The Giants added a veteran offensive guard Tuesday, claiming Mark Asper on waivers from Buffalo, according to the league’s transaction wire.
The 28-year-old Asper was active for six regular season games for the Bills in 2013. He has also had stints with Jacksonville (2012-2013) and Minnesota (2012). Asper (6-7, 325) was a sixth-round pick of the Bills in 2012.
To open a roster spot for Asper, the Giants waived offensive tackle DeMarcus Love with an injury waiver. The 26-year-old Love is a second-year pro from Arkansas.
The move leaves the Browns with 88 players, two short of the 90-player limit.
The 24-year-old Faulk spent the 2013 season on injured reserve with Cleveland after knee surgery. Faulk suffered a torn ACL and MCL at LSU in 2012.
Rogers, 27, signed with the Browns in June. He was waived with an injury.
Chargers guard Jeromey Clary is coming off a rocky 2013 season and started camp on the Physically Unable to Perform list while he recovers from hip surgery.
Waiting for him to get healthy wasn’t a sure thing for the Chargers because Clary was set to make $4.55 million and the team drafted guard Chris Watt in the third round in May, but Clary went a long way toward guaranteeing himself a job for the entire year on Monday.
Michael Gehlken of U-T San Diego reports that Clary has agreed to take a big pay cut in exchange for the Chargers guaranteeing his entire salary for the season. Clary will now make $1.6 million with Gehlken reporting that the savings are earmarked for any needs that may arise over the course of the regular season.
If Clary recovers in time to play in the preseason, he could still wind up in the starting lineup come September. If not, his new salary makes Clary, who can also play tackle, a more viable reserve option.
The Seahawks lost cornerback Walter Thurmond to the Giants as a free agent, costing them a bit of depth that they may fill with a player who used to play for the Giants.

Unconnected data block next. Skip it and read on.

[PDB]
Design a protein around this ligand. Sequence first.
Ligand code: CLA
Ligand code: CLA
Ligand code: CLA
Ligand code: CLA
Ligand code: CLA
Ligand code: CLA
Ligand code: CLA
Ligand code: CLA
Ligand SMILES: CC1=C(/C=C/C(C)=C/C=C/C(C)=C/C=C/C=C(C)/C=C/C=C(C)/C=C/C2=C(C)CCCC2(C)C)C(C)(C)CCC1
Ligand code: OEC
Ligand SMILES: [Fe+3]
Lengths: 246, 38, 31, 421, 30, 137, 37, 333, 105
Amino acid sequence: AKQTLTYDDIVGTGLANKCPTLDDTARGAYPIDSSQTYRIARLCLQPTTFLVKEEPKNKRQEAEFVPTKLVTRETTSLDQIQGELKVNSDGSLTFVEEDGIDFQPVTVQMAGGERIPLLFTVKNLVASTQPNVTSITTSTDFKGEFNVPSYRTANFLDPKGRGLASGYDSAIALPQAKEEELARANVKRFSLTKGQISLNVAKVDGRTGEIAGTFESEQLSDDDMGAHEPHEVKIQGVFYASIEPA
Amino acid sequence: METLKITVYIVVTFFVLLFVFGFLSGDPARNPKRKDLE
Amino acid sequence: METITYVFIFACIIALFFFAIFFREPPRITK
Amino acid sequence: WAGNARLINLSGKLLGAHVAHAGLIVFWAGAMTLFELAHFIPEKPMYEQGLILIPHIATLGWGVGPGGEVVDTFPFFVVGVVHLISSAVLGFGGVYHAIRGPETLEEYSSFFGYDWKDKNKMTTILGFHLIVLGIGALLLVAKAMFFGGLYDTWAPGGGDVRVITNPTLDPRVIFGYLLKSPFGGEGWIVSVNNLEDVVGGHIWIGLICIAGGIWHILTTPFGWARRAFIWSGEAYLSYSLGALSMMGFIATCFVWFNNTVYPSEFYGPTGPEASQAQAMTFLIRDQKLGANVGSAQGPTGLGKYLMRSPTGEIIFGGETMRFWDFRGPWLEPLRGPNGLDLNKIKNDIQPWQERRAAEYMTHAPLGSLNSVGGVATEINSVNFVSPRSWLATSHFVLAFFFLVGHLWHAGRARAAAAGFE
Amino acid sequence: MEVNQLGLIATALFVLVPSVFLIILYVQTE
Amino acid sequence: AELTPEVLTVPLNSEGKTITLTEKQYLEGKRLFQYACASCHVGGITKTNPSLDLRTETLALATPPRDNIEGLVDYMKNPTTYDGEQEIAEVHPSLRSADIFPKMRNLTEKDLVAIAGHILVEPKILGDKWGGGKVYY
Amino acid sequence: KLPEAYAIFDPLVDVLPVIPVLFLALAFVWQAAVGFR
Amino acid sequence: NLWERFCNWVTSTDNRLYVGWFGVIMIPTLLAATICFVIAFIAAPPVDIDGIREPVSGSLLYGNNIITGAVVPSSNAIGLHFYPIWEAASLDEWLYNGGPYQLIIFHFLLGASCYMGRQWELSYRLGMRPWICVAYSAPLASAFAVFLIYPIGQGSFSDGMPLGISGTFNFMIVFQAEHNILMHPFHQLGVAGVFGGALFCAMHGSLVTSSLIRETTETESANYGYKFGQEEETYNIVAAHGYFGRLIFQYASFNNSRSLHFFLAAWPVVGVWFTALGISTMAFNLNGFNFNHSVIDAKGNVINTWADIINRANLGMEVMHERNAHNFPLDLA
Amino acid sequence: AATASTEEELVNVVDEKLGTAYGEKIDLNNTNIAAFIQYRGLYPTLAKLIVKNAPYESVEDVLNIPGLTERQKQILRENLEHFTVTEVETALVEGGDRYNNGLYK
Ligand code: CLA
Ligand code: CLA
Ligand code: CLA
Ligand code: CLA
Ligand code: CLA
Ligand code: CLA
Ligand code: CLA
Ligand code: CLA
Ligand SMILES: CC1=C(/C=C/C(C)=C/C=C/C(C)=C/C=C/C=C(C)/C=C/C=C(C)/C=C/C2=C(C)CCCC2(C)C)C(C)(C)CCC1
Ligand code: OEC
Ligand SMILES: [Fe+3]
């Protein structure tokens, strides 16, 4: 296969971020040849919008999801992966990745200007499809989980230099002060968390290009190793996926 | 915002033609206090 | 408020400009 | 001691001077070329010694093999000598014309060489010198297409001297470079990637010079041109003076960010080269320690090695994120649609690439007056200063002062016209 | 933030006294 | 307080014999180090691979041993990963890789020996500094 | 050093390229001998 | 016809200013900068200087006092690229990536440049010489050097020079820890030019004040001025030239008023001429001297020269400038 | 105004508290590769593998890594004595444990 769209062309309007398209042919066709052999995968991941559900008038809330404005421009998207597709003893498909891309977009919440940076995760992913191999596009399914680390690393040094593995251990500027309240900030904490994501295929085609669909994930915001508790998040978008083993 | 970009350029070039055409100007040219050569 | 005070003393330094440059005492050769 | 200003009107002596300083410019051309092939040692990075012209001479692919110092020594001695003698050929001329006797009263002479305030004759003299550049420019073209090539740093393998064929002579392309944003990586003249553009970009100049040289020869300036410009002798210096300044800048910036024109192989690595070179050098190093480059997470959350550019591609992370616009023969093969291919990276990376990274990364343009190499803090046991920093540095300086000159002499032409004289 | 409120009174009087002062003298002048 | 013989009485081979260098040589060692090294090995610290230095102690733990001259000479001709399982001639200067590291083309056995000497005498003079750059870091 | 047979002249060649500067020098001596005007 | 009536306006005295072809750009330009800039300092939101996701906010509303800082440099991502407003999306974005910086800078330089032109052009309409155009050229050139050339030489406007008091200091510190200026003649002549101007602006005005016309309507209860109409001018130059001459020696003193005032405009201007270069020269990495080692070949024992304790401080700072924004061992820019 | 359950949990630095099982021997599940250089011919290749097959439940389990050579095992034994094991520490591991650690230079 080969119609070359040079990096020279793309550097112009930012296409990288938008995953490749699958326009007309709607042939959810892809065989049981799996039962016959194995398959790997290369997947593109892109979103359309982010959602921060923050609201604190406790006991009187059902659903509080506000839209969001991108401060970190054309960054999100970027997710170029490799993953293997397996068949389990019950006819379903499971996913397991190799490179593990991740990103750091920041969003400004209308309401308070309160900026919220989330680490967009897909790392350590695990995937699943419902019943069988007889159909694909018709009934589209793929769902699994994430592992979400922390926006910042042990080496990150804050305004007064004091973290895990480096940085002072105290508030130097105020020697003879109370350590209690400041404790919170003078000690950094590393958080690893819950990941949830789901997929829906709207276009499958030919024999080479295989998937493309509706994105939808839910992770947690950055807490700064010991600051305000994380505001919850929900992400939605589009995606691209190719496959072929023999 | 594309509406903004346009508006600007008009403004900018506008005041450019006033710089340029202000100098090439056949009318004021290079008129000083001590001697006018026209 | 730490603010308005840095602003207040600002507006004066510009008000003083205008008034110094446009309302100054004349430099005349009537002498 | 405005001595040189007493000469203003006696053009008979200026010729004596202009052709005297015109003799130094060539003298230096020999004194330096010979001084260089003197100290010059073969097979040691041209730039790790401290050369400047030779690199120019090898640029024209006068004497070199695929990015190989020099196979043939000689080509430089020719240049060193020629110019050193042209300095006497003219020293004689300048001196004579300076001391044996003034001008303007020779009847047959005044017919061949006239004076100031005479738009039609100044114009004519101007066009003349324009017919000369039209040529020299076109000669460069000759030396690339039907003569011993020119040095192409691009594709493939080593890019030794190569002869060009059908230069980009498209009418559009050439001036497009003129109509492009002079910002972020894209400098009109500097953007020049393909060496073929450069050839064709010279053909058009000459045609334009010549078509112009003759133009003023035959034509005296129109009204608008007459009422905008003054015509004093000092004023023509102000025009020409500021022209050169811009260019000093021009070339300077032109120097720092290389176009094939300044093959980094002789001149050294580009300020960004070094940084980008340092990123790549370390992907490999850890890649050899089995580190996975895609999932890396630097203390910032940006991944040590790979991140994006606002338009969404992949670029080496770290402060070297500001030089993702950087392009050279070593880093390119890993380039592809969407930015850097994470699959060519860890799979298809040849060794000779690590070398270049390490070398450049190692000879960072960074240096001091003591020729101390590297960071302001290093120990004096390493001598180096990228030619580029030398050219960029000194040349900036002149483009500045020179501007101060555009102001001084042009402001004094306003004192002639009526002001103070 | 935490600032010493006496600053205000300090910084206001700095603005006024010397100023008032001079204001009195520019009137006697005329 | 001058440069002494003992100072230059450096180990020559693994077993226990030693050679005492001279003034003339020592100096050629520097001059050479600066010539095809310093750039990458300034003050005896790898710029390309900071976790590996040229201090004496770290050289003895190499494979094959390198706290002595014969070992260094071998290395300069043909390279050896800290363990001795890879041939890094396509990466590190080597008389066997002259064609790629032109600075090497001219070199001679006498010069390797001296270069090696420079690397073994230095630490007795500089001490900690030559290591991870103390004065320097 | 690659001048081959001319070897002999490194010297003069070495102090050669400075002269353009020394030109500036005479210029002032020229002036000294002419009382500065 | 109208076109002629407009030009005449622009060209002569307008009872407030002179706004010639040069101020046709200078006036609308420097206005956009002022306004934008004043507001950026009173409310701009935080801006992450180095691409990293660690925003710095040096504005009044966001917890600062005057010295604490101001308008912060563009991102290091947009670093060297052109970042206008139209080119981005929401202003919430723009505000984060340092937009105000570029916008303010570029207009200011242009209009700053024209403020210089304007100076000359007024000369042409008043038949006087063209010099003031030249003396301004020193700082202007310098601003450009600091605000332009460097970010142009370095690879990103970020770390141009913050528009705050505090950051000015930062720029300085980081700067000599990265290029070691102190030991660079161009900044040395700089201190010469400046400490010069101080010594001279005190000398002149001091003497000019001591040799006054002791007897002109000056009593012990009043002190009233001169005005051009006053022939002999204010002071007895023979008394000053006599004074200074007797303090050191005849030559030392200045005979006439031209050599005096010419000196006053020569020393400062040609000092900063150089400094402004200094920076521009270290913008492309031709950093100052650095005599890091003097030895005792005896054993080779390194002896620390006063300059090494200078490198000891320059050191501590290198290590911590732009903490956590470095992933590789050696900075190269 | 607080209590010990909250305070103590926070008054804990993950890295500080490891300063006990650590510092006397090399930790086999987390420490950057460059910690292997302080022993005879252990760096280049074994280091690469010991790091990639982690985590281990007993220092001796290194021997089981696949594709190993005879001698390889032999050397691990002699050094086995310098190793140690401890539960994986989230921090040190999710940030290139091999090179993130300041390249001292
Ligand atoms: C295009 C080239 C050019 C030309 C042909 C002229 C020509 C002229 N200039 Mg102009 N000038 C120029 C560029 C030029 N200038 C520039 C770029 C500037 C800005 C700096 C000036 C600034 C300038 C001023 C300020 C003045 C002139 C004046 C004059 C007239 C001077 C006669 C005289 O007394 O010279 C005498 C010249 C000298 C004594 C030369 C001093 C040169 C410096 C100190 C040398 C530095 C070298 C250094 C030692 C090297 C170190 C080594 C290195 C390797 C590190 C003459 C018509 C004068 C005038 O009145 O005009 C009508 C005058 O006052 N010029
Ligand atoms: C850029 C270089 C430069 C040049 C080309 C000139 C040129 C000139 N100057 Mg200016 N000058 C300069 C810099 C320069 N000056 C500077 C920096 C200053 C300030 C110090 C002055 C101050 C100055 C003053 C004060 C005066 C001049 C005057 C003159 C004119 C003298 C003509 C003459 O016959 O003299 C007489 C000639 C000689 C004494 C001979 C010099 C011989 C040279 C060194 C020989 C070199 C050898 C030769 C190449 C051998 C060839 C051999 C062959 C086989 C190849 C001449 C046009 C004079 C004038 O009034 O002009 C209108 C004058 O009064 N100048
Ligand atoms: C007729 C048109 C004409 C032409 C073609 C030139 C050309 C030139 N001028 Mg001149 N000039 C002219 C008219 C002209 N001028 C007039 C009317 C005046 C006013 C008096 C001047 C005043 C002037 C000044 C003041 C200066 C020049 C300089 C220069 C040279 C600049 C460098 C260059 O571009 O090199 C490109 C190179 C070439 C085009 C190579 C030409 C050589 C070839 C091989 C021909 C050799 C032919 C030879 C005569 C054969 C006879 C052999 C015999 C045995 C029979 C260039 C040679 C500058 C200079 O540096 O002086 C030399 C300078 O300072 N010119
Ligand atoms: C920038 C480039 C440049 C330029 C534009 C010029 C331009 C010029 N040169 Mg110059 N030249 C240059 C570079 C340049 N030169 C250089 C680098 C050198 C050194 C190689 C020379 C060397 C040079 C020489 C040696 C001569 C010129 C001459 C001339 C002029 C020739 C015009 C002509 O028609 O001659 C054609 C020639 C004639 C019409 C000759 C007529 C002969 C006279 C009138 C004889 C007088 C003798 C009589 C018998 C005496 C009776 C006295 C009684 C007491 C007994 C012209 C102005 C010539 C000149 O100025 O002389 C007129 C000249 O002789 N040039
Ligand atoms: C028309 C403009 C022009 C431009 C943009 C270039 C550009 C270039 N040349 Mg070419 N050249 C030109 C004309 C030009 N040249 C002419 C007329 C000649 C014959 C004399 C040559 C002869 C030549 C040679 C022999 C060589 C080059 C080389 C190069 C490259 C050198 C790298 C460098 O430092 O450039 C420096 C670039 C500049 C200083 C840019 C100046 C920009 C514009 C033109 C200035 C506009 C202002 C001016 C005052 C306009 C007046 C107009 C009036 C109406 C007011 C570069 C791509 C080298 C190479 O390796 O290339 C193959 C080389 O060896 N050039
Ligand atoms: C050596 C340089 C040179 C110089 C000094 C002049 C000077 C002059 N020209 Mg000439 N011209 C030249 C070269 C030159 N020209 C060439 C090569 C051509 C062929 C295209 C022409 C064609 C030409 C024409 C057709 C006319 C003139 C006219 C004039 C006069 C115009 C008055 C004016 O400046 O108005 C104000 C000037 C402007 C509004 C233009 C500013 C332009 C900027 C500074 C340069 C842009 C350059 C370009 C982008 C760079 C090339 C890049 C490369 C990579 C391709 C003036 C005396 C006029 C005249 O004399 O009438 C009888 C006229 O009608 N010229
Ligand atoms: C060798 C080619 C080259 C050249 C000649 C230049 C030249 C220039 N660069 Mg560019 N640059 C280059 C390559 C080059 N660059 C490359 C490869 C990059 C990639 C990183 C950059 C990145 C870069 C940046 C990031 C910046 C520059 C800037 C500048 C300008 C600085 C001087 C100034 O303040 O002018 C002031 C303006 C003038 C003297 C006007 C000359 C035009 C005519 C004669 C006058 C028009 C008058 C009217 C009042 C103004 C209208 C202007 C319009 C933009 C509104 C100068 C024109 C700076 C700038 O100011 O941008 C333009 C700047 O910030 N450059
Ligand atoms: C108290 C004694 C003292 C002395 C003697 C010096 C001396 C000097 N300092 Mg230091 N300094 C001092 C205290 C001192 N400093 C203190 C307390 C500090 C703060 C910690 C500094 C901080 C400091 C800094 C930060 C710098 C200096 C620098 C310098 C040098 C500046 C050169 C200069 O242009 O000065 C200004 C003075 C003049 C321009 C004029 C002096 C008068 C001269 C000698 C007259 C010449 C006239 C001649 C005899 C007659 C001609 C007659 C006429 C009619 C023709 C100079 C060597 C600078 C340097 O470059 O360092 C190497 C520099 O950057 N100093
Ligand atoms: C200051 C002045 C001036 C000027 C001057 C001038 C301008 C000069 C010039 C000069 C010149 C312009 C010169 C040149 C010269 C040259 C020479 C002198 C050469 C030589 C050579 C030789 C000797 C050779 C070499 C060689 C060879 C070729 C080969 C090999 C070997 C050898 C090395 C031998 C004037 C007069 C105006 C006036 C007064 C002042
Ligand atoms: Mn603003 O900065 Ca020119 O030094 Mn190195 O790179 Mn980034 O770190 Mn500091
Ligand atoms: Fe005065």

Adam Caplan of ESPN reports that the Seahawks have agreed to terms on a contract that will bring Terrell Thomas to Seattle. The move reunites Thomas with Pete Carroll, who was the head coach at USC while Thomas was playing for the Trojans.
Thomas returned from two seasons lost to a pair of torn ACLs in the same knee to play in all 16 games for the Giants in 2013, starting seven times and recording one sack, one interception and one forced fumble over the course of the season. It was a fairly remarkable comeback given Thomas’ injuries, which followed another torn ACL in the same knee earlier in his career.
He worked out for a few teams over the course of the offseason, but no one bit until Seattle took the plunge on Monday. The Seahawks have Richard Sherman, Byron Maxwell and Jeremy Lane back from last season, and there’s been positive reviews of 2013 fifth-rounder Tharold Simon after he missed his rookie season with an injury.
But the Patriots had other ideas.
According to Adam Schefter of ESPN, the Patriots claimed Gaffney off waivers, even though he needs season-ending knee surgery.
It also means the Panthers are out the draft pick and the $96,600 signing bonus they gave him, since the Patriots only pick up his base salaries.
And the fact that Panthers General Manager Dave Gettleman was with the Giants during the Ballard claim makes it more egregious, that they lost a guy they drafted because they had to have Fozzy Whittaker the next three weeks.
The Bills have not provided much information about the illness that has forced tackle Cordy Glenn to miss all of training camp thus far, but whatever’s troubling him does not look like it will keep him out of the lineup into the season.
Tim Graham of the Buffalo News reports via a team source that the Bills expect to have Glenn back in time for the start of the regular season. The source added that the team would be “shocked” if Glenn wasn’t able to play in at least one preseason game, but resisted sharing any information about what’s wrong with the left tackle.
Graham points to the team not adding any help at left tackle as a sign that they feel confident that Glenn will be back in action in time for the season. He also reports that seventh-round pick Seantrel Henderson, whose draft stock was hurt by character questions, has “held down the fort quite well” in Glenn’s absence.
Glenn, a 2012 second-round pick, has started all 29 games he’s played for the Bills in his two-year career.
Probably because franchise quarterbacks without serious injury questions (Peyton Manning, Drew Brees) rarely if ever change teams, few have taken notice of the situation in Pittsburgh, where Ben Roethlisberger is grossly underpaid and the team won’t do anything about it until 2015 at the earliest.
The situation has prompted speculation that the two sides may not be able to work out a new contract next year, which would compel the team to pay more than $22 million to keep him under the franchise tag in 2016 and more than $26 million in 2017. Which eventually could prompt the Steelers and Roethlisberger to go their separate ways.
G.M. Kevin Colbert doesn’t see that happening. In fact, he’s gone all in, telling reporters, “I don’t see any circumstances where Ben does not finish his career here,” via Ed Bouchette of the Pittsburgh Post-Gazette.